Podcast: Shlomo Brody on Reclaiming Biblical Social Justice

The rabbi joins us to enumerate the principles of Jewish social justice, and to explain how you can differentiate between your own views and those of the Hebrew Bible.

The Israelites Resting After the Crossing of the Red Sea, 1816, by the Danish artist Christopher-Wilhelm Eckersberg. Fine Art Images/Heritage Images/Getty Images.

The Israelites Resting After the Crossing of the Red Sea, 1816, by the Danish artist Christopher-Wilhelm Eckersberg. Fine Art Images/Heritage Images/Getty Images.

Observation
May 6 2021
About the authors

Rabbi Shlomo Brody, founding director of the Tikvah Overseas Students Institute, is an Orthodox rabbi, a columnist for The Jerusalem Post, and a postdoctoral fellow at Bar Ilan University Law School.

A weekly podcast, produced in partnership with the Tikvah Fund, offering up the best thinking on Jewish thought and culture.

This Week’s Guest: Shlomo Brody

 

The idea of social justice marks a cleavage in the American Jewish consciousness. Its advocates believe that social justice represents the very best ethical impulses of Judaism, and that the pursuit of social justice is an authentic way of engaging with Jewish tradition. Its critics, on the other hand, wouldn’t deny that the establishment of justice is an integral part of Jewish thought and law, but question whether devotees of social justice are engaging seriously with that tradition. Each accuses the other of reading their own prior moral and political beliefs into the Hebrew Bible, rather than engaging with the authentic lessons the text has to teach.

That raises the question: is it even possible to learn from the Hebrew Bible without imposing one’s prior political and moral commitments upon it? The rabbi Shlomo Brody believes it is, and, in a recent essay for the new journal Sapir, he seeks to reclaim the Bible’s principles of social justice. In conversation with Mosaic‘s editor Jonathan Silver, he describes those principles, and then explains how a discerning reader can understand the Hebrew Bible’s intended meaning, and avoid imposing his own prior commitments upon it.

Musical selections are drawn from the Quintet for Clarinet and Strings, op. 31a, composed by Paul Ben-Haim and performed by the ARC Ensemble.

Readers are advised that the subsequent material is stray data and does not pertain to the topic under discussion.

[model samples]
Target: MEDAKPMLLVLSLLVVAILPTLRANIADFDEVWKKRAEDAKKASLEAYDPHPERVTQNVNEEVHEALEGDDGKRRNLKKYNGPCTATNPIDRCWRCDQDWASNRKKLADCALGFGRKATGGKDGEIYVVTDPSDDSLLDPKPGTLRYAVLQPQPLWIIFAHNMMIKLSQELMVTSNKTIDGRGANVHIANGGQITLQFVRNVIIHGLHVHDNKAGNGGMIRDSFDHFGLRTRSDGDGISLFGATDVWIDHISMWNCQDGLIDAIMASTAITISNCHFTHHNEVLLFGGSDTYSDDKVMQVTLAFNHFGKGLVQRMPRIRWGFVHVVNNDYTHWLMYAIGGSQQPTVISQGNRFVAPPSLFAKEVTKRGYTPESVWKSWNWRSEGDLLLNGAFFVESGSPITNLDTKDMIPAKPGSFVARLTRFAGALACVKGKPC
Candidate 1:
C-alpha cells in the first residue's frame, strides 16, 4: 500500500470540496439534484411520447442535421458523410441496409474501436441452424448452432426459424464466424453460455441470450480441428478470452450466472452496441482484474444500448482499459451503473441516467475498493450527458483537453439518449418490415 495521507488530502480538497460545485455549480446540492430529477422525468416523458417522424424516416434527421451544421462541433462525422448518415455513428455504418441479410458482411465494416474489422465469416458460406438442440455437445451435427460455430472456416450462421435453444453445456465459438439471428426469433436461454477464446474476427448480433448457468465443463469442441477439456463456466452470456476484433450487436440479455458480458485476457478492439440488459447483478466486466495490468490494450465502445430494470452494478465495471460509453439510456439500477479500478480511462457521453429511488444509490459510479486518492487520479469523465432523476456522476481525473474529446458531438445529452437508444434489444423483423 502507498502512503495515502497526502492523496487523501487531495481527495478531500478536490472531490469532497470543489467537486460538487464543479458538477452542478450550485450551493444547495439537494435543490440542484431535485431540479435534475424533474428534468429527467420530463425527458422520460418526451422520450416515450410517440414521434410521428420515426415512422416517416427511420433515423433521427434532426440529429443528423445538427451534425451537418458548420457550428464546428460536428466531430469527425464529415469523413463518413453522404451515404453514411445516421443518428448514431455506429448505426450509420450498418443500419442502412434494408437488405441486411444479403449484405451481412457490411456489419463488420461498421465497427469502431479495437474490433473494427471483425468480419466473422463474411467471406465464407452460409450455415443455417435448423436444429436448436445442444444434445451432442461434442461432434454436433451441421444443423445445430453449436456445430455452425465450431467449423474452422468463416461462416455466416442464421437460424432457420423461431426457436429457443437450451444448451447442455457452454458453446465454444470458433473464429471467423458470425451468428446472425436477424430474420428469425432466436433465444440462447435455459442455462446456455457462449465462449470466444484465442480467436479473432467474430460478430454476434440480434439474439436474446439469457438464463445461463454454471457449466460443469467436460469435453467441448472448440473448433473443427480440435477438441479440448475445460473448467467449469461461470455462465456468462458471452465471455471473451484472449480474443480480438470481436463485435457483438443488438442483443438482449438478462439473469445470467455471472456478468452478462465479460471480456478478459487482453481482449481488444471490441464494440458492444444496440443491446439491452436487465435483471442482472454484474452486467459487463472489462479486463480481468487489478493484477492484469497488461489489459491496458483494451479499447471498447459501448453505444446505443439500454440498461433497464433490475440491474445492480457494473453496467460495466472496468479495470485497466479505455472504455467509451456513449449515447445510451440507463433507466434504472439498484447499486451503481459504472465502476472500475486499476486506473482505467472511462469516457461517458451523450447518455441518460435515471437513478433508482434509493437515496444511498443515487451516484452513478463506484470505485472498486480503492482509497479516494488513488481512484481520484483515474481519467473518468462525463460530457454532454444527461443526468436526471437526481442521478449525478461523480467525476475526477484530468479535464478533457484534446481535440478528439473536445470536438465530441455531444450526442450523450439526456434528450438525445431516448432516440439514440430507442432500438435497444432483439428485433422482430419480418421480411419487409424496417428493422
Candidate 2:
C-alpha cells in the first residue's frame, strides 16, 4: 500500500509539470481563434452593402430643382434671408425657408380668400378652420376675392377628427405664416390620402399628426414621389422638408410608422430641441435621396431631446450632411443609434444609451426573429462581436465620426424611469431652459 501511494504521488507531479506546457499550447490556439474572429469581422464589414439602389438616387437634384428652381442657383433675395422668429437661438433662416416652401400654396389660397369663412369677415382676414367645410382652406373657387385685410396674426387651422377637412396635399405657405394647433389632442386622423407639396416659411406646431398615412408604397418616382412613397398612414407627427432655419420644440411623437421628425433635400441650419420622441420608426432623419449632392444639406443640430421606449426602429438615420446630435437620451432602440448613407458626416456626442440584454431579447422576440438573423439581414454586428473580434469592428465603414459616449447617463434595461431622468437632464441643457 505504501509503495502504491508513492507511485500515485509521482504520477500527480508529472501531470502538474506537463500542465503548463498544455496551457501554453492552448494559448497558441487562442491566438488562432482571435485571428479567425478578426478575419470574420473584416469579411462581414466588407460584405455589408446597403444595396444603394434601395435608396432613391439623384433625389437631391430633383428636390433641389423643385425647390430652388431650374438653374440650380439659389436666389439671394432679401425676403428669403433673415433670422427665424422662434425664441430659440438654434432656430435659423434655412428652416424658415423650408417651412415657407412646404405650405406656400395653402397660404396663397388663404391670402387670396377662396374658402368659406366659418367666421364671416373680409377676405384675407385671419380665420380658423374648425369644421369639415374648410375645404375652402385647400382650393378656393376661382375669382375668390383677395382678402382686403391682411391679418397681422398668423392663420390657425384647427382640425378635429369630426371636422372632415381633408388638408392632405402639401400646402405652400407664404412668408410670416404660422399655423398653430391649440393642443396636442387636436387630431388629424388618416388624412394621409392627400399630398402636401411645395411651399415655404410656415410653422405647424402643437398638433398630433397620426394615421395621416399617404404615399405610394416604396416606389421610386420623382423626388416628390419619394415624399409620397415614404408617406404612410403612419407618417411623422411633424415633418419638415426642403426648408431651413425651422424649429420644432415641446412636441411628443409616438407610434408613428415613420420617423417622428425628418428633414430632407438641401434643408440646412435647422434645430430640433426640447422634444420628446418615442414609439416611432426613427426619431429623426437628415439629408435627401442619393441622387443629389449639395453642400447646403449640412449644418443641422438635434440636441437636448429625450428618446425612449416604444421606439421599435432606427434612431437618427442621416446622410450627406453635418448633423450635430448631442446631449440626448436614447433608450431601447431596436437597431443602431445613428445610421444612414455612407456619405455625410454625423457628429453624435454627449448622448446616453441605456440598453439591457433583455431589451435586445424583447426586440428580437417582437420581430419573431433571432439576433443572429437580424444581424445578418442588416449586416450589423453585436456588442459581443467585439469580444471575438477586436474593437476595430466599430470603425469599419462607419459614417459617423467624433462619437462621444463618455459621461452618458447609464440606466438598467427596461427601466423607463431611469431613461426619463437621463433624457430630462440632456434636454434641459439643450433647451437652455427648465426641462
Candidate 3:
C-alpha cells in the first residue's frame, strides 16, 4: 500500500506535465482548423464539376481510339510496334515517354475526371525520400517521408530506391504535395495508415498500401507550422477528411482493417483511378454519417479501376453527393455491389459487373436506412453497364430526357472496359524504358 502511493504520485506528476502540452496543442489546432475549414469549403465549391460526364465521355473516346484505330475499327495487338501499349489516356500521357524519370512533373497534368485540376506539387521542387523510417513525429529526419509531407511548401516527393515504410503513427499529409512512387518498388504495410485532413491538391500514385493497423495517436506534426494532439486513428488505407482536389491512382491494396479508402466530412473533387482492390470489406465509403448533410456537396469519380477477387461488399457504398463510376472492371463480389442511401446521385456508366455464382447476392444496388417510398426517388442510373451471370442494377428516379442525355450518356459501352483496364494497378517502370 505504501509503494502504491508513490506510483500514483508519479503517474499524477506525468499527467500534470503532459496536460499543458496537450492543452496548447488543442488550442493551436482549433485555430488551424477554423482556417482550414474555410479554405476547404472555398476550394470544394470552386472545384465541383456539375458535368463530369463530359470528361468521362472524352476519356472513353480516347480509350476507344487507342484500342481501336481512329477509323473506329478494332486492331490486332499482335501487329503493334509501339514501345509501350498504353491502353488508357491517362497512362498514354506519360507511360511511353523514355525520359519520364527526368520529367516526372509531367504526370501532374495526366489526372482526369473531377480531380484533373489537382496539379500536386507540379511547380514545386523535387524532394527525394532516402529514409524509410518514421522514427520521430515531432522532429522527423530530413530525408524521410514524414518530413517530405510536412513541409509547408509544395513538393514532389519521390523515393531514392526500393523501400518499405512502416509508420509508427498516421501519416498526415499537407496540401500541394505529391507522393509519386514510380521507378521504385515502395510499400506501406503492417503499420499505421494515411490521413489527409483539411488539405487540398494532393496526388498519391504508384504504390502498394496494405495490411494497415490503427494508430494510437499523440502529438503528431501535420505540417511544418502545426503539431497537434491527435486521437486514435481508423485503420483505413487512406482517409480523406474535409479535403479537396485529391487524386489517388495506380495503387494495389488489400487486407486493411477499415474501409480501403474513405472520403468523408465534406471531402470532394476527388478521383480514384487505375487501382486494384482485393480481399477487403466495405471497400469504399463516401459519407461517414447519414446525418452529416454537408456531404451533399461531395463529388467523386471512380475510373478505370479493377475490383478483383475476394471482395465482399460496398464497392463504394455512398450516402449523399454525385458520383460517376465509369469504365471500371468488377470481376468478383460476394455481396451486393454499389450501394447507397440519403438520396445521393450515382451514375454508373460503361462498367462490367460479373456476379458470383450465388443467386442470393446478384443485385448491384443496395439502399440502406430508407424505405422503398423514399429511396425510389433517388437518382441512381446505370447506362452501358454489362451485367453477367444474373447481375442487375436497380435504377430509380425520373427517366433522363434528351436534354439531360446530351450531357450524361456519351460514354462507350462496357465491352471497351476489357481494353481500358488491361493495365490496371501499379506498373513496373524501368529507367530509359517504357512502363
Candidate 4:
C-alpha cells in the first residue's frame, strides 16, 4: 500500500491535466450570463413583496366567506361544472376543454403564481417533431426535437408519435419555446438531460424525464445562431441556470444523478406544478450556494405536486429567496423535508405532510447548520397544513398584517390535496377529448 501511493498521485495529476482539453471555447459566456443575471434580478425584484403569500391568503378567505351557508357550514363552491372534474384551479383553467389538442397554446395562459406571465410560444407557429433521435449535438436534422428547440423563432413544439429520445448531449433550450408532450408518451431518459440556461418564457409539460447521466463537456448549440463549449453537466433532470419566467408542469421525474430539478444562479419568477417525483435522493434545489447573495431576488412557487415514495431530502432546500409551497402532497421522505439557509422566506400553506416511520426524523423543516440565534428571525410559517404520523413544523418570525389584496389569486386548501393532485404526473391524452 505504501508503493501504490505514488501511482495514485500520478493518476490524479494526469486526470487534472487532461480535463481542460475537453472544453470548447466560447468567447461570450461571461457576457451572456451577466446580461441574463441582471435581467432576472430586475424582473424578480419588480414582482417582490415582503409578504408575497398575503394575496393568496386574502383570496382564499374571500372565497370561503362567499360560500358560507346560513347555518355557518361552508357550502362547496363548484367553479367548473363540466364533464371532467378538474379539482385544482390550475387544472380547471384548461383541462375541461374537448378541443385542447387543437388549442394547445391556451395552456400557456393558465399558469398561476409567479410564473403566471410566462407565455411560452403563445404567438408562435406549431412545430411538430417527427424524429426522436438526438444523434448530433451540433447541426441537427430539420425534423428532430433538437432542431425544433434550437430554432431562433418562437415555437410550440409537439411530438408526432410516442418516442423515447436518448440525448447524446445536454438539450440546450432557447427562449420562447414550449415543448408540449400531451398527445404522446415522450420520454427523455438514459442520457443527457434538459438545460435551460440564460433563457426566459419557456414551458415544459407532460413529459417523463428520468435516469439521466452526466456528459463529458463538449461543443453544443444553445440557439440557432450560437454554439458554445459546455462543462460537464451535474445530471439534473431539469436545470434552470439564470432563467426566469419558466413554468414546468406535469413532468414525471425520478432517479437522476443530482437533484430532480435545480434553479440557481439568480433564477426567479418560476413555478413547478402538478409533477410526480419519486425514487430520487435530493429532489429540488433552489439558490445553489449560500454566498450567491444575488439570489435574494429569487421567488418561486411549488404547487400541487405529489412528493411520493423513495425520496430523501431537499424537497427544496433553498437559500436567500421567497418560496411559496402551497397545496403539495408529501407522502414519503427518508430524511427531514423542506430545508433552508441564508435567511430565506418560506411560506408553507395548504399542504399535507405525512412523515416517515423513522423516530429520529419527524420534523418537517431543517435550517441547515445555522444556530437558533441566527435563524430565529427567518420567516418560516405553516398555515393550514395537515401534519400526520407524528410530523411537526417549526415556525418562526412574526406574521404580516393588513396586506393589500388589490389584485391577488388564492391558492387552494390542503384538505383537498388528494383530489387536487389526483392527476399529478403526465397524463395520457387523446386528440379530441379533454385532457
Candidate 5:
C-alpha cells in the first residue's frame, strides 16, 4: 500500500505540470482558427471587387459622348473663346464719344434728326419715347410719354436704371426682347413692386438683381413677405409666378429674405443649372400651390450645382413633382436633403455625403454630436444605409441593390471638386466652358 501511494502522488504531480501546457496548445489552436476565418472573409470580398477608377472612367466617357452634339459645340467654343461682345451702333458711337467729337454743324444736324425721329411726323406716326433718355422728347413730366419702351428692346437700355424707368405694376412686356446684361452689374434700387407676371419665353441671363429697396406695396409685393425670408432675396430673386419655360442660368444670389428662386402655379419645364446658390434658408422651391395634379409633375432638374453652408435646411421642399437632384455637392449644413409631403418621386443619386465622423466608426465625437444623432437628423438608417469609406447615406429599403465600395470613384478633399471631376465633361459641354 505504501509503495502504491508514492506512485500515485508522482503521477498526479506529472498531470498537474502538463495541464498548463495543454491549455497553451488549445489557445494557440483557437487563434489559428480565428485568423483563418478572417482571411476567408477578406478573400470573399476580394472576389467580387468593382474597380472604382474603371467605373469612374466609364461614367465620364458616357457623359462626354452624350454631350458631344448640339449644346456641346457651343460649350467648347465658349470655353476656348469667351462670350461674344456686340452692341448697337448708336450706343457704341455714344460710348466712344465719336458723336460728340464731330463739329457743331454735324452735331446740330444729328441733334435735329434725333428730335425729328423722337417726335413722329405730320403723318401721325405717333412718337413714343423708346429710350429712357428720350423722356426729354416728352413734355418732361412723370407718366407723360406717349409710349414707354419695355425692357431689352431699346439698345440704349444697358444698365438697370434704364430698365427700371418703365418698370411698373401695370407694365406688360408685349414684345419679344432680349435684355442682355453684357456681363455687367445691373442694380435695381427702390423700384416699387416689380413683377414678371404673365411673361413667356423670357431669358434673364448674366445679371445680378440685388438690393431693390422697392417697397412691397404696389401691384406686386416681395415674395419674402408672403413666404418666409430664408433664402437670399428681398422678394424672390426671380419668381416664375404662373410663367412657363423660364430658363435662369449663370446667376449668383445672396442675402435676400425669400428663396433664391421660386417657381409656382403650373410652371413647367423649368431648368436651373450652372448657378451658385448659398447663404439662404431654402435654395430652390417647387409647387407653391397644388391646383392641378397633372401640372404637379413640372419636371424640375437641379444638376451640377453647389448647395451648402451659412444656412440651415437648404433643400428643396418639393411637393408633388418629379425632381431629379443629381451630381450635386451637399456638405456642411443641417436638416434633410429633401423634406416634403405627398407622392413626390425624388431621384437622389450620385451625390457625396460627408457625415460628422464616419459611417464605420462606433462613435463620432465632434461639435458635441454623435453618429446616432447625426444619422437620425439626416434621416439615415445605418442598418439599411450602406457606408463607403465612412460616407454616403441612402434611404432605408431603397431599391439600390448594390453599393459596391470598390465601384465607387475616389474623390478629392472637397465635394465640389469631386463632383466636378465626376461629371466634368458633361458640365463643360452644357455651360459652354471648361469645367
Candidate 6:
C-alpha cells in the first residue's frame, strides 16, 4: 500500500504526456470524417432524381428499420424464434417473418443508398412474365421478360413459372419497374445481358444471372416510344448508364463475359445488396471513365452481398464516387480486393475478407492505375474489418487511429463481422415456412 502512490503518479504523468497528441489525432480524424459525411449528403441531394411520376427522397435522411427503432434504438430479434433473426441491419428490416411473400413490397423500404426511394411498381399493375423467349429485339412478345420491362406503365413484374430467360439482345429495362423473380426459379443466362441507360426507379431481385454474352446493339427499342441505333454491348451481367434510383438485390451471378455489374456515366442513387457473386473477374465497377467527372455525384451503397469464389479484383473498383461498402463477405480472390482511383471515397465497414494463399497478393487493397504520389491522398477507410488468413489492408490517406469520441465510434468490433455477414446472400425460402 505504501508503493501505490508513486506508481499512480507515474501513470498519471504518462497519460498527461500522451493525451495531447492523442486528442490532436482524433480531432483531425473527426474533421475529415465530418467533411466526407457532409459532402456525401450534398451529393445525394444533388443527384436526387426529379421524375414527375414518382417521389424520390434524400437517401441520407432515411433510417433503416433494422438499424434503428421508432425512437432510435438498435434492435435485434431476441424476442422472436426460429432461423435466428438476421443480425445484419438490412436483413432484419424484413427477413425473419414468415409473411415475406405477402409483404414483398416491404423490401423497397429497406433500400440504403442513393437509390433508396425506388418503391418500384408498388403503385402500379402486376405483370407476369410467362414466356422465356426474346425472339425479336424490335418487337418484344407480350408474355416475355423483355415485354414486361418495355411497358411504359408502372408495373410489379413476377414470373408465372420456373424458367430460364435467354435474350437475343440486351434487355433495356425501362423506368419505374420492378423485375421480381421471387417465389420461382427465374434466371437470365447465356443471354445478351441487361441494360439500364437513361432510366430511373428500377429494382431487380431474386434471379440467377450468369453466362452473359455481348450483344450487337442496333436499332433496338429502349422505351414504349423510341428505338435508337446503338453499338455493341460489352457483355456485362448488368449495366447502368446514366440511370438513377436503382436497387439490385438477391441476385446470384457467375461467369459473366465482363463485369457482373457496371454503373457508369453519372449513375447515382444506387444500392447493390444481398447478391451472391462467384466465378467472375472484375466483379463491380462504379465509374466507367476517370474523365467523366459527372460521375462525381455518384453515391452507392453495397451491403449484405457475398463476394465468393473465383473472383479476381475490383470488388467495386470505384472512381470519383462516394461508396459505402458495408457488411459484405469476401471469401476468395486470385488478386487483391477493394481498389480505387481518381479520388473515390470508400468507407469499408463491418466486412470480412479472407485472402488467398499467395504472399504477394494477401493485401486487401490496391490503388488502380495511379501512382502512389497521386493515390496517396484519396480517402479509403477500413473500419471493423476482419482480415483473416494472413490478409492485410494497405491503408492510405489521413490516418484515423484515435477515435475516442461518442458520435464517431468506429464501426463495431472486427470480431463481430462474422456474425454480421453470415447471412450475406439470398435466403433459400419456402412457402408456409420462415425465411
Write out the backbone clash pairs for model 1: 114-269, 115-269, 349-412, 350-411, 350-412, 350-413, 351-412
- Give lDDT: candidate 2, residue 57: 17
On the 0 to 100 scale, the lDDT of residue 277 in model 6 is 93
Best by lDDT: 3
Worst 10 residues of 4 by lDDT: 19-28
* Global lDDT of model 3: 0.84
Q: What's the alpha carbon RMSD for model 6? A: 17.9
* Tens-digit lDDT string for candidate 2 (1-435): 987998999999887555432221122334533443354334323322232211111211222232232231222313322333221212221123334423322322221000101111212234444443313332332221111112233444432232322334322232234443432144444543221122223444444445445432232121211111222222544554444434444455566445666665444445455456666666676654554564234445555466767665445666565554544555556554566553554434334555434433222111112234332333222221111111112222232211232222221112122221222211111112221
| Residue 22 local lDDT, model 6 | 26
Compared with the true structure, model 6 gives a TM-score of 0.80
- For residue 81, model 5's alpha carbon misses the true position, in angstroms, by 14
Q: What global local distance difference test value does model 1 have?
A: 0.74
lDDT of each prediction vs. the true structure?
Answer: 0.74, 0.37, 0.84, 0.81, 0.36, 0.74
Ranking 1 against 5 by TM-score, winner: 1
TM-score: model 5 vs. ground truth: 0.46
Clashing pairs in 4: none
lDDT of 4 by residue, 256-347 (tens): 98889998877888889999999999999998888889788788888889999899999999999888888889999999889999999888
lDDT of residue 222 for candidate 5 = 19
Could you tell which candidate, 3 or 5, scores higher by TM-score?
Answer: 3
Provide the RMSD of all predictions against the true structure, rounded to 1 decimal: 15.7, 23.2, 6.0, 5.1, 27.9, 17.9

Excerpt (19:10-21:31):

 

Tikkun olam can mean all sorts of things in contemporary discourse. A lot of times it can be something like “mending the world” or “repairing civilization,” some lofty overachieving goal, or sometimes it’s really equated with social justice. I think that tikkun olam is a very important concept and we should embrace it, but we really have to understand and define it the way that the sages utilized it. What they had in mind was something which is pretty different but quite important: the law always has to be looked at and examined in ways that ensure that the legal norms and the general norms and practices of society are able to implement the principles that the Bible cares a lot about. And so there are going to be times when we have to tinker with some of the laws, or sometimes we’re going to have to make more important or bigger or radical innovations in order to achieve these values, there are many different examples of both types in talmudic literature. But the point is that we’re going to always try to have our eye be keen towards what we can change to make things a little bit better in implementing these principles.

I think where people go wrong in the tikkun olam discourse today is that they assume that it has some particular orientation or notion of what justice is, one that’s a part of the contemporary parlance, and therefore needs to be implemented in a certain direction. But if you look in the Talmud, you’ll see that there are all sorts of debates on given examples of what tikkun olam is in some circumstance, what actually will make things better. People can disagree and should disagree about what policies are going to help us implement the principles that we want to build into our society. That’s why I think it’s very important to identify what the principles are that we’re trying to achieve, that we’re trying to live by as a society, and then we can disagree about how exactly we’re going to get to that. So tikkun olam doesn’t have some form of inherent content. Frequently it’s associated with the progressive left, but it just doesn’t mean that.

Create a free account to continue reading

Welcome to Mosaic

Create a free account to continue reading and you'll get two months of unlimited access to the best in Jewish thought, culture, and politics

Register

Create a free account to continue reading

Welcome to Mosaic

Create a free account to continue reading and you'll get two months of unlimited access to the best in Jewish thought, culture, and politics

Register

More about: Exodus, Hebrew Bible, Social Justice, Talmud, Tikkun Olam